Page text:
Bonfire of the Inanities

Blog-cataloguing website Technorati overhauled its database last month, purging tens of millions of spam blogs which had been making a mockery of their ranking numbers. Unfortunately there seems to have been a fair bit of collateral damage in this operation, as the internet has resounded with the protests of outraged bloggers who have seen their cherished writing projects disappear from the index. I am sad to say that Second Life Shrink was among the casualties; it is no longer possible to check how much authority we have, or see where we rank in the world wide web. Which is just as well probably, since the last time I looked the answers were “not much” and “way down”. (I never really understood how the Technorati ranking worked anyhow, since over the years our place has varied from below 5 million to inside the top half million, while all the time we have been turning out more or less the same rubbish, to more or less general indifference).

I does make me reflect on why I bother to blog at all, especially about something as unimportant as a minority-interest computer fantasy world. I think it’s the very inconsequentiality of the topic that that makes it attractive. It feels good to have strong opinions, because it sustains the illusion that one’s thoughts might actually matter in the grand scheme of things, rather than just being transient chemical reactions in the nervous tissue of a barely sentient creature in one obscure corner of an essentially chaotic cosmos. Strong opinions about important things are risky though; someone else might strongly disagree with you, raising the threat of unrestrained violence, or at least social awkwardness. Much better to confine one’s pontificating to subjects that no one really cares about; whatever I write about, say, IP rights in virtual worlds, I can be fairly sure that, in the unlikely event that anyone is paying attention, they won’t be upset to a degree that they will want to come round to my house and have a fight about it.

Even when I offer my random thoughts about things that might actually be relevant to everyday life, like politics or economics, I know that I’m not going to encounter any serious disagreement, because my voice will be lost in the general hubbub of subjectivity that is the blogosphere. There is no vehicle better than a blog for sounding off without having to think about how others might interpret or respond to your comments. The promise of Web 2.0 – that it would facilitate intellectual interactivity on a global scale – is in danger of being lost, as we bloggers use the medium to reinforce our own preconceptions instead of opening up to the ideas of others. (I’ll stop there before I prove my argument by descending into completely solipsistic nonsense).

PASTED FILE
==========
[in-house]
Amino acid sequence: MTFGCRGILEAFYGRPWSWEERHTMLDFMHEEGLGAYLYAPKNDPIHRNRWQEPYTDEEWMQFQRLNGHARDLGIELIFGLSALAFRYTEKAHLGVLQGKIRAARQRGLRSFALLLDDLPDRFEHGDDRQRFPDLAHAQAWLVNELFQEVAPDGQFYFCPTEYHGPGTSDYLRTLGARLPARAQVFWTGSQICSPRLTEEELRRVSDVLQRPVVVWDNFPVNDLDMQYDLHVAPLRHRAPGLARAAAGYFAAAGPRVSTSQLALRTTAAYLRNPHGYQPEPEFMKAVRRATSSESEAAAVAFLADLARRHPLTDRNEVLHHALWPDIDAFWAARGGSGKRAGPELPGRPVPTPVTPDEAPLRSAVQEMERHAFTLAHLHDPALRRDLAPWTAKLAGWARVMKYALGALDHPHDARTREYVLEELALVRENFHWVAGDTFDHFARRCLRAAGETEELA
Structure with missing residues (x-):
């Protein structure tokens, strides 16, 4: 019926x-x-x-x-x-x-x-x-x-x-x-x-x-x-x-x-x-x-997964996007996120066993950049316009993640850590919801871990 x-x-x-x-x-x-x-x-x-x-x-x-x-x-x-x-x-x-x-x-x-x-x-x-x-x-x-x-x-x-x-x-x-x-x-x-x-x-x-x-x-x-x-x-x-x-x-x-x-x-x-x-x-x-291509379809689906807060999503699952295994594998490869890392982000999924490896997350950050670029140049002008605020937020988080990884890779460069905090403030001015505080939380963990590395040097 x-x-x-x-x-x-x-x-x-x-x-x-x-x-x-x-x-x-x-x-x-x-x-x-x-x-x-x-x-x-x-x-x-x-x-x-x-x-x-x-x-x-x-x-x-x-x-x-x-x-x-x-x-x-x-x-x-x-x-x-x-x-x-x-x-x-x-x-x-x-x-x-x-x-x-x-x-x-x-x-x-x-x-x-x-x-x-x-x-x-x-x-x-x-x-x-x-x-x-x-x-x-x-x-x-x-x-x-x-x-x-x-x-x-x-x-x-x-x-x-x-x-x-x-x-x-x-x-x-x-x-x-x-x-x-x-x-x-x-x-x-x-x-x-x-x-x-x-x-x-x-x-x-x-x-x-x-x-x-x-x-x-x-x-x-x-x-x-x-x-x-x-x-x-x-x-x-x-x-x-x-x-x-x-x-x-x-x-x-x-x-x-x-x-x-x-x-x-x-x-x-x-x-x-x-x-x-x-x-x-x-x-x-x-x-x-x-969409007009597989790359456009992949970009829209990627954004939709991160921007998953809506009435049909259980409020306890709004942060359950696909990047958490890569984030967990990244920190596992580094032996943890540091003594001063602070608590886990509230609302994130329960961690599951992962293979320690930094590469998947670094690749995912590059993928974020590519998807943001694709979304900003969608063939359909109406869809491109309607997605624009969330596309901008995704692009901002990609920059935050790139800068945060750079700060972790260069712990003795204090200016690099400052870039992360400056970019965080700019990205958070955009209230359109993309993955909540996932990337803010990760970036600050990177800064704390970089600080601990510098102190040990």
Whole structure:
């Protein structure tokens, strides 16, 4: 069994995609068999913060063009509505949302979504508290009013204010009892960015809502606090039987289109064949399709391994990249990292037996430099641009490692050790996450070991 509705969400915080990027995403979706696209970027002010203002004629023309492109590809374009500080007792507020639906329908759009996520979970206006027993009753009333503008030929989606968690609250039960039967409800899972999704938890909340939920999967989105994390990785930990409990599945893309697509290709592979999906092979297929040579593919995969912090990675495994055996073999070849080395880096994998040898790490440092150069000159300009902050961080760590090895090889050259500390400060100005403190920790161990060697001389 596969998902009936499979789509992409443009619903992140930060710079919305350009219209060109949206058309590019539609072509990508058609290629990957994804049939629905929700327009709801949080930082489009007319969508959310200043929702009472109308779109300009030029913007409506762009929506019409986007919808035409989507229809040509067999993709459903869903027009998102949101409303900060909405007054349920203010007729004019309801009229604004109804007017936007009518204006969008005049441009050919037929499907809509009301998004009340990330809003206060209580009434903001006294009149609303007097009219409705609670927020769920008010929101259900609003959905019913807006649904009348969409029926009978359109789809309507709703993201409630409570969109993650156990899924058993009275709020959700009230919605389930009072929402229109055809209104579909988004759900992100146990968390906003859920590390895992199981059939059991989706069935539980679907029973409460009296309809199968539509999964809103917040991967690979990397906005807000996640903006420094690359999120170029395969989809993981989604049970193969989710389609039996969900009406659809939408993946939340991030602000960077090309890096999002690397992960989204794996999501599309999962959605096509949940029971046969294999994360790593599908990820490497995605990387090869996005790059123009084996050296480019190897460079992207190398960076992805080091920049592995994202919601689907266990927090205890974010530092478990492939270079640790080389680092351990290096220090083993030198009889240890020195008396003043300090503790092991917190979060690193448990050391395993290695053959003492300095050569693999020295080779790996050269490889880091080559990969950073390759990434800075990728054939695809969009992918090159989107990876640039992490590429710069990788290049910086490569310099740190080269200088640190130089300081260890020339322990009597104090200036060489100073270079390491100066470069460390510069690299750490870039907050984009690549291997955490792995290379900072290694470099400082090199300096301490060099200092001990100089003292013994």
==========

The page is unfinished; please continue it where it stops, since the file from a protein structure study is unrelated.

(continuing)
Anyway, I’m going to try to re-register with Technorati, since I need to feed my obsession with blog statistics. Our content may be getting a boost soon – our art correspondent Olivia is back at work, and has promised me an article before the end of the month – and I wouldn’t want to miss the increased authority her erudite commentary will undoubtedly bring us.

[I was going to link to a video of the Austin Lounge Lizards performing their track “Bonfire of the Inanities”, but YouTube has failed me, so here’s another of their numbers, “Jesus Loves Me But He Can’t Stand You”.]

2 Responses to Bonfire of the Inanities

  1. This seems like a nice article to me. I liked the passage:
    “It feels good to have strong opinions, because it sustains the illusion that one’s thoughts might actually matter in the grand scheme of things, rather than just being transient chemical reactions in the nervous tissue of a barely sentient creature in one obscure corner of an essentially chaotic cosmos” that I have made it be my signature quote in the forums.secondlife.com quote for the time being.

    I don’t seem to have been removed from Technorati. I have an authority of 1. I assume that’s as low as you can get.

    • johnny says:

      Thanks for the kind words – it’s always nice to know that someone is paying attention, however fleeting.

      It is possible to have a rating lower than one – we were at zero for ages, and will probably be back there if we ever manage to re-register.

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